The modern style of yoga we practice in the West was inspired by Tirumalai Krishnamacharya, considered to be “The Father of Modern Yoga.” Thanks to his first female chela (pupil) Indra Devi, often referred to as “The First Lady of Yoga” or Mataji (Mother), yoga spread worldwide from Asia, to Mexico, onto Russia, and finally to the U.S.
According to a survey by Yoga Alliance and Yoga Journal, the top reasons why U.S. Americans practice yoga include: flexibility (61 percent); stress relief (56 percent); and general fitness (49 percent). Before heading to your local studio, read these five tips for a more mindful practice.
- Be mindful of clothing: Clothing will vary depending on the type of class, but be appropriate, comfortable, and aware of clothing sheerness. If unsure about sheerness or the shortness of shorts, hold off on wearing more revealing gear until you determine the unofficial dress code.
- Arrive early: Even if you’re an experienced yogi, arriving early to class is a great habit to develop. This allows you to speak to the instructor and tell them about recent injuries, new pains, or medical conditions. You may also ask for advice on how to enter into a pose or achieve better body placement.
- Shoes at the door: One of the five niyamas, yoga’s ethical principles of self-discipline, is saucha, or purity and cleanliness. Removing your shoes before stepping into the studio and onto the mat helps maintain a clean, germ-free environment. The custom of leaving shoes at the door and off the mat signifies respect of Eastern traditions. If you aren’t comfortable going completely barefoot, slip on a pair of non-slip yoga socks before stepping onto your mat.
- Respect the instructor and their sequence: One of the most important principles in yoga is union (samadhi). Derived from the Sanskrit root yug which means to join. While modifying difficult positions is okay, making up your own sequence is not. The best method is to practice at your appropriate class level. If you’re a yogi master taking an open level class, stay with the rest of the class and only perform more advanced poses if and when instructed. Avoid instructing others in an open class, and allow the instructor to answer class participant questions. Avoid volunteering.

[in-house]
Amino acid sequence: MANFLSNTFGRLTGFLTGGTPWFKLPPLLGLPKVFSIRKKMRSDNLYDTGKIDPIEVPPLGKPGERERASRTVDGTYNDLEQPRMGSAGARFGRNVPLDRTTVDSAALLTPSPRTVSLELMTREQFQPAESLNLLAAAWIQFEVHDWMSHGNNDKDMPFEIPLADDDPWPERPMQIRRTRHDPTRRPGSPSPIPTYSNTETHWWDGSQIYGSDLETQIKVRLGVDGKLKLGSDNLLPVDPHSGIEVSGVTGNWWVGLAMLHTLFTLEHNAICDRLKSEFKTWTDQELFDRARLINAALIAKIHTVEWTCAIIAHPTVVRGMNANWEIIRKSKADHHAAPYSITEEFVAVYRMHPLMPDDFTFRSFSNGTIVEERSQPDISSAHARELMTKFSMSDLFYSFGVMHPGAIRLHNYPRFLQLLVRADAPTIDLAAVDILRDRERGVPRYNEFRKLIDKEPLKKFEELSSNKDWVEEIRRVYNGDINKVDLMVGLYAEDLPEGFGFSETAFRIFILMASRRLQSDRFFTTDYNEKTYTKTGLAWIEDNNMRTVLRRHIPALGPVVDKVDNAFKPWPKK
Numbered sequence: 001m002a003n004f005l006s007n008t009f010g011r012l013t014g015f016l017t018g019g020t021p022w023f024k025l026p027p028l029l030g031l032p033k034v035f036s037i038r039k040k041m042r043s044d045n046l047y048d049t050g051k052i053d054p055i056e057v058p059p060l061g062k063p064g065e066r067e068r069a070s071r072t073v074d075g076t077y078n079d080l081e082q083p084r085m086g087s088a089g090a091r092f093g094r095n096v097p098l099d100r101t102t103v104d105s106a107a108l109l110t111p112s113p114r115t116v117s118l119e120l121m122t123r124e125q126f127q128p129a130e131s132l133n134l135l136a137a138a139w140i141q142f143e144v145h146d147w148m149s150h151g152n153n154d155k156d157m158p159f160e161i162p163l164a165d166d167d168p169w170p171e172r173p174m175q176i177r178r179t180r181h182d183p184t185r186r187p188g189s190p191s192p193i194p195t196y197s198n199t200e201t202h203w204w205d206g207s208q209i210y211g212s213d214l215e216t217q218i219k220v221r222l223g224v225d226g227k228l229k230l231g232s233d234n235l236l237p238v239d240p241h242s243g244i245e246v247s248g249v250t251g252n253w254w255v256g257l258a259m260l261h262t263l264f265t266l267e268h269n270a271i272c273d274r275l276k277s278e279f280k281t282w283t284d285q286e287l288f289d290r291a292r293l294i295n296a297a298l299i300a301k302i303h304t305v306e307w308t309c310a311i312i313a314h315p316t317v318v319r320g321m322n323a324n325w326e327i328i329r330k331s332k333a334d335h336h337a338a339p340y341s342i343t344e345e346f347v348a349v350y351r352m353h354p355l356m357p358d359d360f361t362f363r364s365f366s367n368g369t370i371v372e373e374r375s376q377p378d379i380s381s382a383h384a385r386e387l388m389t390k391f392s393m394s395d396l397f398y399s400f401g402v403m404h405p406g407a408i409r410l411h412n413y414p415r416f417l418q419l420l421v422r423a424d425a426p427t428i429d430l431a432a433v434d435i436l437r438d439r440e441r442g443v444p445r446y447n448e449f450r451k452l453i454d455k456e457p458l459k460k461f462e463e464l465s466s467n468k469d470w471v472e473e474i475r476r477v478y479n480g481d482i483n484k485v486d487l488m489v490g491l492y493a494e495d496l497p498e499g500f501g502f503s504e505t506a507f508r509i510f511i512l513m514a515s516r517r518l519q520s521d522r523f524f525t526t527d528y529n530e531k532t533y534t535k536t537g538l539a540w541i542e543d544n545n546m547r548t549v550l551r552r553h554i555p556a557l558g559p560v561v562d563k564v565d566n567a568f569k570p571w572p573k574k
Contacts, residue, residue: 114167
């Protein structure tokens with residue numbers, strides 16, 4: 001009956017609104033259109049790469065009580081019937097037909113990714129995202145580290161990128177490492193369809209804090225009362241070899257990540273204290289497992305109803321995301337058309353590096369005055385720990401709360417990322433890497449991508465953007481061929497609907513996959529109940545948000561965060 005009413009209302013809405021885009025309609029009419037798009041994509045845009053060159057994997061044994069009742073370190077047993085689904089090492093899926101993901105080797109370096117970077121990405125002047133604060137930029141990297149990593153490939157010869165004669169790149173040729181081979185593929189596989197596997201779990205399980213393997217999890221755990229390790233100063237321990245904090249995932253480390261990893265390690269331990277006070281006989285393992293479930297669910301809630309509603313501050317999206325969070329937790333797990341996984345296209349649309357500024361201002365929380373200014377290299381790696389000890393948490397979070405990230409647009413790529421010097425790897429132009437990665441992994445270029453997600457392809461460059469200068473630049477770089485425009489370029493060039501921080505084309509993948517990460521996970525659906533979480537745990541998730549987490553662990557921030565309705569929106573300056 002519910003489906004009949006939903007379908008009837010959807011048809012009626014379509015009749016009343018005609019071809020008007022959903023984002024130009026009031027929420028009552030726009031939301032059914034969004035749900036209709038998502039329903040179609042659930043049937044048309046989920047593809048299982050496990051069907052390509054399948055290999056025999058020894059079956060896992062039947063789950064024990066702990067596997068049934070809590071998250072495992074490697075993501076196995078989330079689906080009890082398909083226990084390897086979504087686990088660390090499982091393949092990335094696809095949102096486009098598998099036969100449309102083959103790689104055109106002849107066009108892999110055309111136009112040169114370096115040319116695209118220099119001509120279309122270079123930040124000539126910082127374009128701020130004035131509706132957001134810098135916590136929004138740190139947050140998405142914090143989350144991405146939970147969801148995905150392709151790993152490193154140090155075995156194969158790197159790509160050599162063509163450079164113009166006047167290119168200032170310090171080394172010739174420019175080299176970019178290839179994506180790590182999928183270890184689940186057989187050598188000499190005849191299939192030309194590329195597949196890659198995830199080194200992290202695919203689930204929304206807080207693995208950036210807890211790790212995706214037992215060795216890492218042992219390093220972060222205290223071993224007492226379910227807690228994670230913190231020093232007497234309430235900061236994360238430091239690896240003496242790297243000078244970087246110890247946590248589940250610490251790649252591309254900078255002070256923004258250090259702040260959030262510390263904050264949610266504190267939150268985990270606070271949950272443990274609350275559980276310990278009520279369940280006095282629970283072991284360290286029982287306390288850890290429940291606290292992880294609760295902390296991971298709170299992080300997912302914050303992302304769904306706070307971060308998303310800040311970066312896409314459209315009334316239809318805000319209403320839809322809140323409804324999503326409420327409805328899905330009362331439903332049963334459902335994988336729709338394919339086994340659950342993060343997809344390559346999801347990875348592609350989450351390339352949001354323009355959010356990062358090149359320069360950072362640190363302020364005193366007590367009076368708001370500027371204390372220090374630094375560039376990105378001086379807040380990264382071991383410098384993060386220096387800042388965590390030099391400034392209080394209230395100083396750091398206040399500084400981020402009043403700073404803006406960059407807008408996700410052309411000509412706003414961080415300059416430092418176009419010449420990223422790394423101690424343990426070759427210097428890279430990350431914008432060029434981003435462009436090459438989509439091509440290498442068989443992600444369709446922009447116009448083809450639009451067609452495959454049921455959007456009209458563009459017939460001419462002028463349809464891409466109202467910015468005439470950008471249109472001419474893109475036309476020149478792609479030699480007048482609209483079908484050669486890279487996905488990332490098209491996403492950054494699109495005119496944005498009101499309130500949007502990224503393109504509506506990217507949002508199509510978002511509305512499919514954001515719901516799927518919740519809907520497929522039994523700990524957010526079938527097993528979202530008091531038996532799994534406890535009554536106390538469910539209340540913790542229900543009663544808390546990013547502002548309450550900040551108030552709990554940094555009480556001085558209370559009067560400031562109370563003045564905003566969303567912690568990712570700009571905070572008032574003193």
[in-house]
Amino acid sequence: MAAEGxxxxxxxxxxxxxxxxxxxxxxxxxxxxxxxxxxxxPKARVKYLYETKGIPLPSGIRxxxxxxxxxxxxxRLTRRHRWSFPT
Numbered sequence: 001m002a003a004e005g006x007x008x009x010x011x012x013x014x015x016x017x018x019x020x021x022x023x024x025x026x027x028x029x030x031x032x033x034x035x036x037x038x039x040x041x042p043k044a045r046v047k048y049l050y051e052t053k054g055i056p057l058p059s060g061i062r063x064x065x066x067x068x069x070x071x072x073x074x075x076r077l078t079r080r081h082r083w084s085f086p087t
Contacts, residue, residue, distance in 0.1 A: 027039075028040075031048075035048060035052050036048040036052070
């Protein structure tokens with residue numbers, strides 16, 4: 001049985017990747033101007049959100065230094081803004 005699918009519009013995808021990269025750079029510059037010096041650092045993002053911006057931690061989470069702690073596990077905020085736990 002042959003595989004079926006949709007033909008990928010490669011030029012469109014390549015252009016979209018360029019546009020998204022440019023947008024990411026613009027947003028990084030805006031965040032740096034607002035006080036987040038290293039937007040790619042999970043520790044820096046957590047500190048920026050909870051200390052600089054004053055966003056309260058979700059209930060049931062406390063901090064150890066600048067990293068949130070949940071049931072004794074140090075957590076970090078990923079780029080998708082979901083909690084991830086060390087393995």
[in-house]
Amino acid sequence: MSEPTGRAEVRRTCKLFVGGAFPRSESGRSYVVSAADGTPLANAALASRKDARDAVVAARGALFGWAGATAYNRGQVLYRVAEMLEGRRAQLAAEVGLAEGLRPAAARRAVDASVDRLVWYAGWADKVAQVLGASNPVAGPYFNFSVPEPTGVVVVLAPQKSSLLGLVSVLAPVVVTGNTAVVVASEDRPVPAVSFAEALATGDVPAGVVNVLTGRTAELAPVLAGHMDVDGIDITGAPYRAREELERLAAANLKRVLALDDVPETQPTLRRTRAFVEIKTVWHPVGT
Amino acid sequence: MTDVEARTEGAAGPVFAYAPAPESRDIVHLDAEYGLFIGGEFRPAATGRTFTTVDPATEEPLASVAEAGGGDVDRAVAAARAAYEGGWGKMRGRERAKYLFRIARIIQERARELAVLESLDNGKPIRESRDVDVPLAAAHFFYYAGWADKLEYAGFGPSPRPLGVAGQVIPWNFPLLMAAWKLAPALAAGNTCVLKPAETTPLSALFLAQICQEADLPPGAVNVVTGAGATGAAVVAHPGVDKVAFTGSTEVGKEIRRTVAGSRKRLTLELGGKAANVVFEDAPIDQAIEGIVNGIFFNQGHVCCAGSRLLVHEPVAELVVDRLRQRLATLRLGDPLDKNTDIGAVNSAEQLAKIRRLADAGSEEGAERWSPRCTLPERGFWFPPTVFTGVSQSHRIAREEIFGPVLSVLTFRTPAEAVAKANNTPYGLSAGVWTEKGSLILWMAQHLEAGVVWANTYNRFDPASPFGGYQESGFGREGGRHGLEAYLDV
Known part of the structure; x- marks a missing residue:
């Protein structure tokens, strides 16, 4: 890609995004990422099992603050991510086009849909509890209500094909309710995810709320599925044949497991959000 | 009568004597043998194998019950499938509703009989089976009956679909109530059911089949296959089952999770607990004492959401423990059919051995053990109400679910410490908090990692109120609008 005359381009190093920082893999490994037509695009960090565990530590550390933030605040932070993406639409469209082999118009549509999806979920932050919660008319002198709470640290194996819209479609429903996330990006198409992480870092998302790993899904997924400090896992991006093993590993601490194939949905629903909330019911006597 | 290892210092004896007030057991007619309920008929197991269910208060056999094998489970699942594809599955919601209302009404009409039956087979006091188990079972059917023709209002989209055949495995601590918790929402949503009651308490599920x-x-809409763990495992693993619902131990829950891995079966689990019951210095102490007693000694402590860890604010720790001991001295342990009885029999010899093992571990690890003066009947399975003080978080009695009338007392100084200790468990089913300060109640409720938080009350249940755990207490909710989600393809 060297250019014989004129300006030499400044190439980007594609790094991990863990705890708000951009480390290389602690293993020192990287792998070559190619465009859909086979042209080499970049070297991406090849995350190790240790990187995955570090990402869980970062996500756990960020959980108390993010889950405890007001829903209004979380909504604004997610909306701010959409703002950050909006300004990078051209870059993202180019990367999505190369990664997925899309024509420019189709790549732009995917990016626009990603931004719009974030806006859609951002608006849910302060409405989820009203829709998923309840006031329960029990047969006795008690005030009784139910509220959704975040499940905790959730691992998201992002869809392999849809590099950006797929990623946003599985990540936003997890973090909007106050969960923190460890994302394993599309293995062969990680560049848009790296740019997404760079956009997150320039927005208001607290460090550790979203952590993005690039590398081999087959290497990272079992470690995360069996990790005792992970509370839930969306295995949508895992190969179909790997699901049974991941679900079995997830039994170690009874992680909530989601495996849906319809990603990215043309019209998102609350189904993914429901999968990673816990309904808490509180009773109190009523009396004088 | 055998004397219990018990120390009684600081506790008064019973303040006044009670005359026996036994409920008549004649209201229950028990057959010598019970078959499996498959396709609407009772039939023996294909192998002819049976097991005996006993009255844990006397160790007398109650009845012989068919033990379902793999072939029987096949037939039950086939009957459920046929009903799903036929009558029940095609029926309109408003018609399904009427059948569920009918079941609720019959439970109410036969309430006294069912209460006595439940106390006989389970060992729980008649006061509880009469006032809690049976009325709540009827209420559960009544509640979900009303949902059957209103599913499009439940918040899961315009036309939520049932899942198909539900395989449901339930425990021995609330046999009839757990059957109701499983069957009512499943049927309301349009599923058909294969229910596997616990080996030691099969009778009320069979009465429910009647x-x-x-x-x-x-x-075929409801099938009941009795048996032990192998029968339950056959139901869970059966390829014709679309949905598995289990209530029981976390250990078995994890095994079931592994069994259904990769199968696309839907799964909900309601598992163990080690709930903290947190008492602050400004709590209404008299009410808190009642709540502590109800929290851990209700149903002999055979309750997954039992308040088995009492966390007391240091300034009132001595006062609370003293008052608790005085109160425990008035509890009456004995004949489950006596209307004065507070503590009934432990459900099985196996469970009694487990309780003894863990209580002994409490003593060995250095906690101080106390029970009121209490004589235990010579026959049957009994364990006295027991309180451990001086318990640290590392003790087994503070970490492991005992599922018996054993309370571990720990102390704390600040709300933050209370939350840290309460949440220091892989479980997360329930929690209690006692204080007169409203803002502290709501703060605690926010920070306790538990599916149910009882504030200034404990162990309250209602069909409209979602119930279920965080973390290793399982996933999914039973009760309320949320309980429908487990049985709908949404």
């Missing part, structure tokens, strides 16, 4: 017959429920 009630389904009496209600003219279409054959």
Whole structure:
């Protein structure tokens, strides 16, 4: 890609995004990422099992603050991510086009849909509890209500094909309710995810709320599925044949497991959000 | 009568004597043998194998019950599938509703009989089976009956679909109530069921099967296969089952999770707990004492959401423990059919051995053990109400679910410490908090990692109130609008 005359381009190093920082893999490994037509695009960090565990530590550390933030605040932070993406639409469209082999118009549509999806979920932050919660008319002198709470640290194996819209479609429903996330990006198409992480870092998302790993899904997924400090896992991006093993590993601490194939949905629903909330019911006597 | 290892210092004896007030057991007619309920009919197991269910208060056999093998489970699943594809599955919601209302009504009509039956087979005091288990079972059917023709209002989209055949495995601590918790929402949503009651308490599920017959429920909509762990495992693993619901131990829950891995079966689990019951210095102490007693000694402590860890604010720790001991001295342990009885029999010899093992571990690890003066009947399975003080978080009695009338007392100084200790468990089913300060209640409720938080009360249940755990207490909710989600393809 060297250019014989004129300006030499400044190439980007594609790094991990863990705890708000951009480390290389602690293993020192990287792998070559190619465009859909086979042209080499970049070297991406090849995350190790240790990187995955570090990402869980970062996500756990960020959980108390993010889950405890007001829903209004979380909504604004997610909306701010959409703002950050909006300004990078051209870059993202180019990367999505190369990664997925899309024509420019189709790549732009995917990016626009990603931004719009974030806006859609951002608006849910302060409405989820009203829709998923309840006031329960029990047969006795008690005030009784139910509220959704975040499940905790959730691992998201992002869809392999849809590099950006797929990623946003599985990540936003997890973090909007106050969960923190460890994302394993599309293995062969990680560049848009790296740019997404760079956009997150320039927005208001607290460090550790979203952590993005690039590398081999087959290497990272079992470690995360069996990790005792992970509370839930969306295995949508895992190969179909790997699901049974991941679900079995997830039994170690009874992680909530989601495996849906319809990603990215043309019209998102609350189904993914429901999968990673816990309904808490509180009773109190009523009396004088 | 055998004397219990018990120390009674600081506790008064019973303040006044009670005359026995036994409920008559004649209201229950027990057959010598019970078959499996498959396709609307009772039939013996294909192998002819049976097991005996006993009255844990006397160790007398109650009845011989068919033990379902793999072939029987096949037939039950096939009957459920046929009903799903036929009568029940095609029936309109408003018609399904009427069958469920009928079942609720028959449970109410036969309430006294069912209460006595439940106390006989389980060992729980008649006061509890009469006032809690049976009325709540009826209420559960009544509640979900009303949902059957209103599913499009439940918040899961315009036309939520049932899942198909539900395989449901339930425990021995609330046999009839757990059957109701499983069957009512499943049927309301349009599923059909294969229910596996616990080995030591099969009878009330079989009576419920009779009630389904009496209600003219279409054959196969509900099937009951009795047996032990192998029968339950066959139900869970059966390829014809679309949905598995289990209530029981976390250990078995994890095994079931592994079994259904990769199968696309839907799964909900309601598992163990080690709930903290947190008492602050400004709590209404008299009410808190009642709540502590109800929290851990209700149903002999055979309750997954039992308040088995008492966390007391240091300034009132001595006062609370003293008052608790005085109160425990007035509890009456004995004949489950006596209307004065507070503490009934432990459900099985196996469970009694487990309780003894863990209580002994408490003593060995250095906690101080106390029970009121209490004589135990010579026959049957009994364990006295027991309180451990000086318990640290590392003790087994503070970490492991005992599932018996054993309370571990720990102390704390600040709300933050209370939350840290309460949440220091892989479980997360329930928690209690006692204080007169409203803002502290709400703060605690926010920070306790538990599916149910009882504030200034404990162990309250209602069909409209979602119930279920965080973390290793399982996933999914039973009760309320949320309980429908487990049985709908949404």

- Respect Savasana: This simple, but mindful pose is frequently the most difficult. Savasana, often called the corpse pose, allows you to assimilate all the benefits of the session. Do your best not to allow your mind to wander, but rather to samprada or surrender your consciousness. Refrain from leaving class early, childish gossiping, conjuring to-do lists, listing bill payments, or contemplating social media posts.
Whether you practice Eastern or Western yoga, consider these 5 tips to help you and fellow yogis achieve ananda (bliss). – Namaste.
Sharon Schweitzer, J.D., is a cross-cultural trainer, modern manners expert, and the founder of Protocol & Etiquette Worldwide. In addition to her accreditation in intercultural management from the HOFSTEDE centre, she serves as a Chinese Ceremonial Dining Etiquette Specialist in the documentary series Confucius was a Foodie, on Nat Geo People. She is the resident etiquette expert on two popular lifestyle shows: ABC Tampa Bay’s Morning Blend and CBS Austin’s We Are Austin. She is regularly quoted by BBC Capital, Investor’s Business Daily, Fortune, and the National Business Journals. Her Amazon #1 Best Selling book in International Business, Access to Asia: Your Multicultural Business Guide, now in its third printing, was named to Kirkus Reviews’ Best Books of 2015. She’s a winner of the British Airways International Trade Award at the 2016 Greater Austin Business Awards.
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